21 years of Scotland’s LGBT History Month

Ali Kerr, our Head of Partnerships, shares her reflections on LGBT History Month

Let’s get this out the way at the start; I am getting old. Stairs are getting harder and the 80’s feel fairly recent. Which should make LGBT History Month right up my street, and yet until a few years ago I didn’t even know it existed.

 

Not knowing much about LGBT history is one of the crucial differences between old timers like me – who were at school before and during the time when Section 28 made it illegal to ‘promote homosexuality’, particularly in schools – and young people at school in Scotland now, who learn in one of the most inclusive curriculums in the world.

 

LGBT History Month came about because of that very thing. Section 28 (or 2A in Scotland) was in place from 1986 to 2003 (2001 in Scotland), and in 2005 LGBT History Month was created to ensure we remember, and never let that kind of human rights violation happen again.

 

Part of my role as Head of Partnerships here at LGBTYS, is to build a network of allies; people who support and speak up for LGBTQ+ young people. Allies are incredibly important – they increase the social power of any group, and in doing so turn up the volume and enable them to be heard. And when enough people listen, real change happens. In summary, allies are superheroes!

Ali Kerr

"LGBTQ+ is a broad and diverse term, and in many ways all letters within that acronym share rights which have equal legal protection in law. But in practice, our trans and non-binary friends and family are experiencing the same stigma that lesbian, gay and bisexual people faced decades ago".

I often share the explanation of why and how LGBT History Month came about when I speak to groups right across Scotland, and I am always delighted when people cannot believe that something as extreme as Section 28 existed so recently, and often without them even having been aware of it. They are incredulous. And that is a very appropriate response.

 

It is easy look at that incredulous reaction and celebrate just on how far we’ve come – and it is so important to do that. But more often than not, this also leads to a discussion around the current situation for trans and non-binary individuals in the UK, particularly young people, and the sense of history repeating itself.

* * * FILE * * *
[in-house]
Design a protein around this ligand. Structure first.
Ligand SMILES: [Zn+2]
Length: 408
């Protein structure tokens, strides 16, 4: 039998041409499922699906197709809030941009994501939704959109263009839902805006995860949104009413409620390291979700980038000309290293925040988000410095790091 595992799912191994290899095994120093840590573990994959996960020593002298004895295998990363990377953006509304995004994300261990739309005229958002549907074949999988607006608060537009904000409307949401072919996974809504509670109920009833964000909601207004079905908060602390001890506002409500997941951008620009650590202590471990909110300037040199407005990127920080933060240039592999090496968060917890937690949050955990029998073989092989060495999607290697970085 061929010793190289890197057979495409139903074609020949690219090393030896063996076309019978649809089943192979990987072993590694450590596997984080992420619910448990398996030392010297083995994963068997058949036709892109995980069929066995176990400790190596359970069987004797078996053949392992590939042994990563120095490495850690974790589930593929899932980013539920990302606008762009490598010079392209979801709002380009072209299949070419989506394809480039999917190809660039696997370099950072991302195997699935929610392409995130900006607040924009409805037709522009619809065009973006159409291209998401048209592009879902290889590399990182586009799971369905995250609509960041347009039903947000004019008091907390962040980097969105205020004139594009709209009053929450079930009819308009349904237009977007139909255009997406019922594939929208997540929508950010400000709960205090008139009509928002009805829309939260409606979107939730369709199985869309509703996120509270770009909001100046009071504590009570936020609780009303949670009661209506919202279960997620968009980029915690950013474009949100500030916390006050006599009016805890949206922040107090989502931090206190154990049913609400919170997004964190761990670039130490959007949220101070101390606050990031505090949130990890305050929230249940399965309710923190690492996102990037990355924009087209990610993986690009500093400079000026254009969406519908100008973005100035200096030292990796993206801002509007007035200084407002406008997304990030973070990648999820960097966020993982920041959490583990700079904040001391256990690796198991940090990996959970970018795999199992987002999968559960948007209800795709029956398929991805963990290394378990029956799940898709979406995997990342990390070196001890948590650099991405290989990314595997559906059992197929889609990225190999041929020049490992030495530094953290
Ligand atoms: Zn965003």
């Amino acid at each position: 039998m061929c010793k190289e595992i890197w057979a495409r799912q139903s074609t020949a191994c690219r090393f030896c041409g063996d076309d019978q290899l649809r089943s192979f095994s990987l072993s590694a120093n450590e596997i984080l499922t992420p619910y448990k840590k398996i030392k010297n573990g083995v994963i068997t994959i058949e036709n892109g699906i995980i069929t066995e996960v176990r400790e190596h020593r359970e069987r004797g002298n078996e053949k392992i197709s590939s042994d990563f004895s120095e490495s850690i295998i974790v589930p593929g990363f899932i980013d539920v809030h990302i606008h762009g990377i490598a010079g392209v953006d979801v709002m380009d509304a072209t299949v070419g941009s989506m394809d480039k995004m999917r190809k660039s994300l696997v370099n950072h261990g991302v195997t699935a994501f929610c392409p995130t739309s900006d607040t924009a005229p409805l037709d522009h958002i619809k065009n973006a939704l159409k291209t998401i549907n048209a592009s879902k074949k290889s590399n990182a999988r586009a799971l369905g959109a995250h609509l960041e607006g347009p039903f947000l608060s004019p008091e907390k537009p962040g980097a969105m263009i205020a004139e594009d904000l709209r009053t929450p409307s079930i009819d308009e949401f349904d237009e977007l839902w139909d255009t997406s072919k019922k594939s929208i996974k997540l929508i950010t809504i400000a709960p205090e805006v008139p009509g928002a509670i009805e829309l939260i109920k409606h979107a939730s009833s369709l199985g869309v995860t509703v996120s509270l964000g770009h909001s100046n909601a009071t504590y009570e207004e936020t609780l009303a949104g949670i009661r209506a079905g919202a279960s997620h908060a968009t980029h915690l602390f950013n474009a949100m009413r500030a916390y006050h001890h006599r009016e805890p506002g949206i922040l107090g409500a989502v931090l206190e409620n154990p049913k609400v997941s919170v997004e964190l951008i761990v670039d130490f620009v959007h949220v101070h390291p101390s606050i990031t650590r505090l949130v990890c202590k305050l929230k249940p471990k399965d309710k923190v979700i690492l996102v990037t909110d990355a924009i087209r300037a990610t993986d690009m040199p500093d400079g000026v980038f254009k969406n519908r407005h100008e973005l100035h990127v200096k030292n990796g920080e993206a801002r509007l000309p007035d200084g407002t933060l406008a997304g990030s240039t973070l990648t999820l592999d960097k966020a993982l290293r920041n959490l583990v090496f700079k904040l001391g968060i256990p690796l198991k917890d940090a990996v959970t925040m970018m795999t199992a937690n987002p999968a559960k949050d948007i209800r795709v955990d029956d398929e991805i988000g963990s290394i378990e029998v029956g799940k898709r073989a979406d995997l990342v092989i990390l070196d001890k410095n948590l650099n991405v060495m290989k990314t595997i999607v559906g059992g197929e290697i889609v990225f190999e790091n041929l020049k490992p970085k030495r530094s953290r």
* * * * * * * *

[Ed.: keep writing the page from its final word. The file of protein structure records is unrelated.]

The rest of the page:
LGBTQ+ is a broad and diverse term, and in many ways all letters within that acronym share rights which have equal legal protection in law. But in practice, our trans and non-binary friends and family are experiencing the same stigma that lesbian, gay and bisexual people faced decades ago. They need allies more than ever. And as allies we need to make sure we are visible and loud, using the privilege of our own voice, to speak up in support of others.

a pride protest on buchanan street in glasgow

I feel proud of Scotland.  I am proud of its inclusive curriculum and its passing of the Gender Recognition Reforms, despite Westminster eventually blocking that becoming law.  I am proud of the people who stare back incredulously when I speak about Section 28. And I am so proud of the individuals who go through life as allies to LGBTQ+ young people.

 

And it is those people, in their thousands all over the country, who come together on the last Friday of LGBT History Month every year to celebrate Purple Friday – turning Scotland purple as their collective light shines in every community across Scotland – showing LGBTQ+ young people that they are worthy of the love and support of a whole country as they work towards a brighter future as our colleagues, leaders, carers, doctors and teachers.

 

As someone with several decades under their belt, LGBT History Month gives me pause to look back and see how far we’ve come, and to feel optimistic and hopeful about a country where there are just too many good (and incredulous) people to let the mistakes of the past be repeated. And that gives my aging old self a proper purple glow.

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